It seems most fitting to celebrate the anniversary of Jaded Writings just as the first Spring of the new millennium is born.
A year ago, I was a woman on the verge of a new life. I had just moved to New York City from Florida, leaving behind friends and family -- everything that was familiar and known. I arrived by train with four boxes of books and clothes, my teal green computer and a new name. I was breathless with anticipation and wonder. What would become of me? The answer, my friends, was elemental.
Empedocles, a Greek philosopher from the fifth century, once said that all matter is comprised of four "roots" or elements: air, water, earth and fire. Today, like the elements of Spring, I am rooted in the possibility of a warmer future.
It's March and the temperature is finally rising. After months of blizzards, snow storms and blustery winds, the days and nights have started to warm. As these degrees climb steadily into the 50s and 60s, the city feels like it's waking from hibernation.
Like many, I found myself perpetually cooped up this winter. Because I live in darkness, I managed to avoid the winter "blues," but the cold was evil enough to keep me inside most of the time. In December, I caught a wicked ailment, and a rattling cough has dwelled in my chest ever since.
Three bags of cough drops later, Spring is nearly here. People are finally getting out to breathe the fresh air. I, too, find this air to be cleansing and rejuvenating to my spirit and body. I've lived through my first winter in more than a decade, and I'm ready to shake this chill from my bones.
I woke up last night to the most wonderful sound -- rain. If Mother Nature left it up to me, I'd have it rain every single day. There's something so beautiful and tranquil about rain storms.
I'm an insomniac. Have been for years. But I find I always sleep best in the Spring and I attribute that fact to water.
You see, I live in the attic of a house. In the Spring, I sleep throughout the day and occasionally, I am treated to the calming sounds of pounding sheets of rain hitting the roof. Even during thunderstorms I'm happy because then all of my cats scurry under the covers and cuddle close, only to provide me with the additional pleasure of their purring, fuzzy bodies and warmth.
Thanks to the rain, I'm once again able to sleep.
Though I have my head in the clouds, I prefer to keep my feet firmly planted on the ground. I live on the third floor, and work on the ninth. In the winter, snow and ice keep my feet at least a few inches higher than the earth.
Spring, however, lacks insulation. As this transitional season arrives, the snow melts away and the need to be out and about is almost tangible.
I yearn to feel more grounded. I need to walk the city streets and lie in the fresh, green grass reading a book in Central Park. The hike to the train station is a joy rather than an eight block torment. Chocolate croissants and orange juice taste better when enjoyed outside under an umbrella, rather than hastily consumed at my desk. The Earth is calling and my body answers.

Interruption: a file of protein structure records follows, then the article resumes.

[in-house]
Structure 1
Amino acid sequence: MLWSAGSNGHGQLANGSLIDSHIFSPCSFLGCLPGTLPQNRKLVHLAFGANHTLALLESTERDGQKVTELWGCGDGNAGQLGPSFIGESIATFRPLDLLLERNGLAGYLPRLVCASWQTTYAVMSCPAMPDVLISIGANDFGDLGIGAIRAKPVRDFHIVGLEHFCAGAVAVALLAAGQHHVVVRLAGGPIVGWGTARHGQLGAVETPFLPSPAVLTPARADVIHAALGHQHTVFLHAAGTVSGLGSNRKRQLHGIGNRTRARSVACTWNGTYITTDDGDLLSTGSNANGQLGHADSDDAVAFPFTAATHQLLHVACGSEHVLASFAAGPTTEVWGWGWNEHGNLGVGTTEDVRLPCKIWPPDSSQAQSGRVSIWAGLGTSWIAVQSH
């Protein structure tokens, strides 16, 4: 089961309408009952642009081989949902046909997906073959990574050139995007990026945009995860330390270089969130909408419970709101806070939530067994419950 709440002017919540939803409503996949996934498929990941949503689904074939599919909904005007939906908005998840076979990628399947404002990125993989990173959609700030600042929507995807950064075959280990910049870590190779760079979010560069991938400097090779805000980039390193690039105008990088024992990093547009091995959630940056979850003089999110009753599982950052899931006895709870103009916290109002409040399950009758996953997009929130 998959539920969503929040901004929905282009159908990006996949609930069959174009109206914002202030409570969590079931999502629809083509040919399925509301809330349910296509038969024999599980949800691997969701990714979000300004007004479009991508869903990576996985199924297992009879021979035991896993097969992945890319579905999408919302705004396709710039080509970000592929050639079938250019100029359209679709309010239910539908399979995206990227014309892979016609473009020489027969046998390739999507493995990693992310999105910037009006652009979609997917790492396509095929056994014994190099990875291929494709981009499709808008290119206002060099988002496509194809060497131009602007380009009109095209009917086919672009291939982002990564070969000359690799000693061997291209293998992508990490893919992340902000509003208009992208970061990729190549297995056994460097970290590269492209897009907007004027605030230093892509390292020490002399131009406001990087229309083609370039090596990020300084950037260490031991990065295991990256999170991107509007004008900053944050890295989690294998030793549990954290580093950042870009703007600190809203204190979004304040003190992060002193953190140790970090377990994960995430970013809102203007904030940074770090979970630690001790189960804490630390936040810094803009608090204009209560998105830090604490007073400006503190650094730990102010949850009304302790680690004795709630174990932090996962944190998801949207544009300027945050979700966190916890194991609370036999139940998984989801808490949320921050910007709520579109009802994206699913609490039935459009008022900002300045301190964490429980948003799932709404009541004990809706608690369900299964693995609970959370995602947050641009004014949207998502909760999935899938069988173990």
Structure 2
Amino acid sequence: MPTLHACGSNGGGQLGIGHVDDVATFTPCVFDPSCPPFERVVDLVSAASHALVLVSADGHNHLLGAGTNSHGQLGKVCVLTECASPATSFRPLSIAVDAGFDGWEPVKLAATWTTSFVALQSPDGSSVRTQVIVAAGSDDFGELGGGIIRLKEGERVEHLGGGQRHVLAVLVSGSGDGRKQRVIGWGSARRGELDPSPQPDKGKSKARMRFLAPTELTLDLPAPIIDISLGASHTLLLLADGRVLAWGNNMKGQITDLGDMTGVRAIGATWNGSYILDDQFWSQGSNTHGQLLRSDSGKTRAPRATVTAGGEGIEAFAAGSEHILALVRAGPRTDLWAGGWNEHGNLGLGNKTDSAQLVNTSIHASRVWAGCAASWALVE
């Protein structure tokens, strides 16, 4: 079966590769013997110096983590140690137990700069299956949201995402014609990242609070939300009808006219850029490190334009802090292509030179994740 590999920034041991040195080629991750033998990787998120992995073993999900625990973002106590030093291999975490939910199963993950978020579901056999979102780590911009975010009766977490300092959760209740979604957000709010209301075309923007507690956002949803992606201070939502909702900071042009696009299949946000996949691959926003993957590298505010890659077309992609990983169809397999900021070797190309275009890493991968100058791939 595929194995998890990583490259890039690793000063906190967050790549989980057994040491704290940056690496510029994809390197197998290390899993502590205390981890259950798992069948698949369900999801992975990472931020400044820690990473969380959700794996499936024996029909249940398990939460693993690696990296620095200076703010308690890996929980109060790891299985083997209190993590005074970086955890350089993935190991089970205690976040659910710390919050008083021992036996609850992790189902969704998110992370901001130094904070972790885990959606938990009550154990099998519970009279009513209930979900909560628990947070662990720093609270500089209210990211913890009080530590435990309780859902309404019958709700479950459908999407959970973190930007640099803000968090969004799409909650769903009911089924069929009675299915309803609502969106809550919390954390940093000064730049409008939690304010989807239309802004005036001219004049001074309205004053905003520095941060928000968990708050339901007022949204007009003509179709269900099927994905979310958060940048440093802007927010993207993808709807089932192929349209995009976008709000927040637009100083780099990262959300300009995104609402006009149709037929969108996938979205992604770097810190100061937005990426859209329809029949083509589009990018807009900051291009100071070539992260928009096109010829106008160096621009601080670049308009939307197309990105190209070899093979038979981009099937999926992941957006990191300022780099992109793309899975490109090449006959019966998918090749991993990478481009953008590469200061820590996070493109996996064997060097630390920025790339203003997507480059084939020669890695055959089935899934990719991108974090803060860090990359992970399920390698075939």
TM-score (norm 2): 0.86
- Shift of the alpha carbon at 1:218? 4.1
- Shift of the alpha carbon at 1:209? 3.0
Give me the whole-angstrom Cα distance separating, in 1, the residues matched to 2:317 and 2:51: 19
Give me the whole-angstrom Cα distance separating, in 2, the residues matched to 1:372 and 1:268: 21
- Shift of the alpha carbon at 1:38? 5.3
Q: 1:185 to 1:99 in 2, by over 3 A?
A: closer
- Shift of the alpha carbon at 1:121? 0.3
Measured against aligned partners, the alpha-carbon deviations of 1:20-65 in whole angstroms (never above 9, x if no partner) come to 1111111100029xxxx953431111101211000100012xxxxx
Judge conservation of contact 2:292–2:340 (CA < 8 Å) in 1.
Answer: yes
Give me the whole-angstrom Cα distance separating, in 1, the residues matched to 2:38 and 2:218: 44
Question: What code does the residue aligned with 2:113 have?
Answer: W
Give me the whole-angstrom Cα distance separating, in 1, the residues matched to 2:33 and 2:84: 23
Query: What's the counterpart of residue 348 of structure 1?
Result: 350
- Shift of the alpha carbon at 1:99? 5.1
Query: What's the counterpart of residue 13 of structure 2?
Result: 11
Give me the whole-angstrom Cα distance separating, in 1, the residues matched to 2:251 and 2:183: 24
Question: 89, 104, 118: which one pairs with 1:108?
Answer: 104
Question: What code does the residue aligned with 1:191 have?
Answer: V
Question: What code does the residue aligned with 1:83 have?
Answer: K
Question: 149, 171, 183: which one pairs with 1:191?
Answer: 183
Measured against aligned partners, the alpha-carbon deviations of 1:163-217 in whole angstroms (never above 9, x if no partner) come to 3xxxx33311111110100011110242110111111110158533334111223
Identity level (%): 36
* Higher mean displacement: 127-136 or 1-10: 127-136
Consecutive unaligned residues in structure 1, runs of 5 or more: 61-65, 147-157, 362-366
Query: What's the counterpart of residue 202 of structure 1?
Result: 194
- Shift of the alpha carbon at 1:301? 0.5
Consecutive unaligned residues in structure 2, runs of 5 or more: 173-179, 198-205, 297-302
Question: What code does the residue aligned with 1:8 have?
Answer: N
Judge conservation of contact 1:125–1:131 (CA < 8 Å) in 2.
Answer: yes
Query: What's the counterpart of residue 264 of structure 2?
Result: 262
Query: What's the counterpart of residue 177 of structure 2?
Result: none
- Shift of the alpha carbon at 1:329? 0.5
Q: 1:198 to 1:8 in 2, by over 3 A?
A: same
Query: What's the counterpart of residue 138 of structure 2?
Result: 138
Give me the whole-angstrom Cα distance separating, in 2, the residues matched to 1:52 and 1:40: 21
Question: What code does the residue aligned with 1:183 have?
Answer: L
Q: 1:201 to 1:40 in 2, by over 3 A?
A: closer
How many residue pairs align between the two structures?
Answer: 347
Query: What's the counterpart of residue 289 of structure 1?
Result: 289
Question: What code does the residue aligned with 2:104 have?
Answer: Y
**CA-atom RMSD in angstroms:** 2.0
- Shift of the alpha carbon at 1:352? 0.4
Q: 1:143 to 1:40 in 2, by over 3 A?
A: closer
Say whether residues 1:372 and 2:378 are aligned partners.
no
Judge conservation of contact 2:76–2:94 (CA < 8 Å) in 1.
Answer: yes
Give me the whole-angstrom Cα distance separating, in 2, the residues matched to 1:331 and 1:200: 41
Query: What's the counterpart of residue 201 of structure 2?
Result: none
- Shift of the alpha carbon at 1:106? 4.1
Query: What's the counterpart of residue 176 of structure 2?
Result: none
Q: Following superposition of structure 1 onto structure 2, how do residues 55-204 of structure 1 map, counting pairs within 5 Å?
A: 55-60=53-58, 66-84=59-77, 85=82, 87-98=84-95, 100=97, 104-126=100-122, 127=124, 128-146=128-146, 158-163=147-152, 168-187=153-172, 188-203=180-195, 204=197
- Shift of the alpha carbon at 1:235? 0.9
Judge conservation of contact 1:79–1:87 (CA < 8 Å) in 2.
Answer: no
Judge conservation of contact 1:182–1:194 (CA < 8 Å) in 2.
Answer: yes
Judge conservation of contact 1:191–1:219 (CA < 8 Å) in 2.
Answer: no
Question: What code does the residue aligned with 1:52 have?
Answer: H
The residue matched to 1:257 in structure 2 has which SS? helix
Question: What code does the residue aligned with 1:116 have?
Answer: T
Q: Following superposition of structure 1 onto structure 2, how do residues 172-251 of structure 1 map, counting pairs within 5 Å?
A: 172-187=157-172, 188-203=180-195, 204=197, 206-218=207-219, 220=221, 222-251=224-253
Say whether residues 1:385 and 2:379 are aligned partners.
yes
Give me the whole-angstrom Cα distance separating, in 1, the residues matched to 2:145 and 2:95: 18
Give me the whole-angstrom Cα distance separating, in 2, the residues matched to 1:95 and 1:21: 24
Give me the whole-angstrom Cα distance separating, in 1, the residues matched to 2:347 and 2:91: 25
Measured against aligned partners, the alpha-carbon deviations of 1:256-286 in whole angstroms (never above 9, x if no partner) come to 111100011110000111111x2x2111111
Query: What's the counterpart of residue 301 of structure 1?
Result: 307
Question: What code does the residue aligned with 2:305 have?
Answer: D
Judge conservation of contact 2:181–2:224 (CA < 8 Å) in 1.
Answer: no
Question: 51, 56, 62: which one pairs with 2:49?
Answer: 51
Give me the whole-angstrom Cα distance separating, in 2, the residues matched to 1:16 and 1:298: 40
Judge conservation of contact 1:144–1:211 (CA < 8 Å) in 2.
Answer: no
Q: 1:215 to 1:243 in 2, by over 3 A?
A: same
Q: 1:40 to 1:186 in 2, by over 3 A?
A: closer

Spring fever has hit with full force. Since the weather has warmed, I've noticed more people walking hand in hand in Times Square. Several couples have turned the Brooklyn Bridge into a lovers lane as they stop along the walkway to hug and kiss and giggle.
They're not the only ones feeling this fire. Last week's full moon practically had me coming out of my skin. It even led to a moment of longing on the subway.
I was sitting on the D train heading into Manhattan. The book in my lap was engrossing so several stops came and went without grabbing my attention.
Then, just before crossing the bridge, the train pulled into the DeKalb stop. The doors whooshed opened and some instinct told me to look up. As I did, my eyes locked with another pair. He was standing on the platform edge, facing the train. A black guitar case was slung casually over his shoulder and he looked up at the same moment I looked out.
It sounds so cliché, but I found myself unable to breathe. I was afraid to blink because I didn't want him to disappear. Clearly we were sharing a moment.
Then something worse happened -- the train's doors closed and in that second, I knew I'd never see him again. The train pulled away from the platform and I turned my head to continue the look. He did the same, and then he was gone.
As soon as the train entered the tunnel, my lungs started working again. The buzz in my ears must have been the blood rushing through my body, but I couldn't quite distinguish it from the pounding in my chest. I was frantic and flushed -- I felt like I'd just been touched.
When I moved to New York, I was in the process of reinventing myself. Today, I still feel like an unfinished product, someone who is on the verge of ... more.
Yet like the Spring, my future is filled with possibilities. I am cleansed of past judgments and wrong turns. My dreams are fiery, but I'm doing my best to remain grounded. I have all the elements at hand. Now it's time to take a deep breath and boldly figure out how to mix them into the best combination.